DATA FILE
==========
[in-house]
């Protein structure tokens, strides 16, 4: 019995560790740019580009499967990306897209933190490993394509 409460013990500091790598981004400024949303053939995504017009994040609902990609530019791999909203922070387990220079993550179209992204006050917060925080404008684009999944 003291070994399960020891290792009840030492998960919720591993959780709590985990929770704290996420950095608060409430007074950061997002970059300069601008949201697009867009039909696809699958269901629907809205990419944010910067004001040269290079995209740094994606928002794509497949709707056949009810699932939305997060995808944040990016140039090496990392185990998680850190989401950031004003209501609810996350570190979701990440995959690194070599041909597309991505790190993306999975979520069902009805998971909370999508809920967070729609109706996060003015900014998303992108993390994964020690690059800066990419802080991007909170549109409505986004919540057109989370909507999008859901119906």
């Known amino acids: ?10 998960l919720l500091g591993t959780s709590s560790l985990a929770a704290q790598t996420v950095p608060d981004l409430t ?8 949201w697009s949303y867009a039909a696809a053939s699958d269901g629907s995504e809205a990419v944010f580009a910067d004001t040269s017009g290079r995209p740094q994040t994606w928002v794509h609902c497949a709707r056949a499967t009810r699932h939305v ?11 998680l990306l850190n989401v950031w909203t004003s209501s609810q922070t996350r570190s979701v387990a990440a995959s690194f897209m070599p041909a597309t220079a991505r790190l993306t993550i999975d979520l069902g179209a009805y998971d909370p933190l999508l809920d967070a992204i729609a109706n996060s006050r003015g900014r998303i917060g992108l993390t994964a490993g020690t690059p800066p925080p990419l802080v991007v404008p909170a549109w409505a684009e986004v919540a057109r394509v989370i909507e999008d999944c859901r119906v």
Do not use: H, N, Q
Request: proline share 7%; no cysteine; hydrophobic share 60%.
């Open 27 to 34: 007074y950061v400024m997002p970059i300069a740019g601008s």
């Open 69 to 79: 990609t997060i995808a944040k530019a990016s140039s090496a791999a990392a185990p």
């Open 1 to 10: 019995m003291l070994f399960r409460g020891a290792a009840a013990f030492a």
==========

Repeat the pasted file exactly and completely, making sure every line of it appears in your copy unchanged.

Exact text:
[in-house]
């Protein structure tokens, strides 16, 4: 019995560790740019580009499967990306897209933190490993394509 409460013990500091790598981004400024949303053939995504017009994040609902990609530019791999909203922070387990220079993550179209992204006050917060925080404008684009999944 003291070994399960020891290792009840030492998960919720591993959780709590985990929770704290996420950095608060409430007074950061997002970059300069601008949201697009867009039909696809699958269901629907809205990419944010910067004001040269290079995209740094994606928002794509497949709707056949009810699932939305997060995808944040990016140039090496990392185990998680850190989401950031004003209501609810996350570190979701990440995959690194070599041909597309991505790190993306999975979520069902009805998971909370999508809920967070729609109706996060003015900014998303992108993390994964020690690059800066990419802080991007909170549109409505986004919540057109989370909507999008859901119906």
């Known amino acids: ?10 998960l919720l500091g591993t959780s709590s560790l985990a929770a704290q790598t996420v950095p608060d981004l409430t ?8 949201w697009s949303y867009a039909a696809a053939s699958d269901g629907s995504e809205a990419v944010f580009a910067d004001t040269s017009g290079r995209p740094q994040t994606w928002v794509h609902c497949a709707r056949a499967t009810r699932h939305v ?11 998680l990306l850190n989401v950031w909203t004003s209501s609810q922070t996350r570190s979701v387990a990440a995959s690194f897209m070599p041909a597309t220079a991505r790190l993306t993550i999975d979520l069902g179209a009805y998971d909370p933190l999508l809920d967070a992204i729609a109706n996060s006050r003015g900014r998303i917060g992108l993390t994964a490993g020690t690059p800066p925080p990419l802080v991007v404008p909170a549109w409505a684009e986004v919540a057109r394509v989370i909507e999008d999944c859901r119906v």
Do not use: H, N, Q
Request: proline share 7%; no cysteine; hydrophobic share 60%.
């Open 27 to 34: 007074y950061v400024m997002p970059i300069a740019g601008s």
């Open 69 to 79: 990609t997060i995808a944040k530019a990016s140039s090496a791999a990392a185990p």
């Open 1 to 10: 019995m003291l070994f399960r409460g020891a290792a009840a013990f030492a």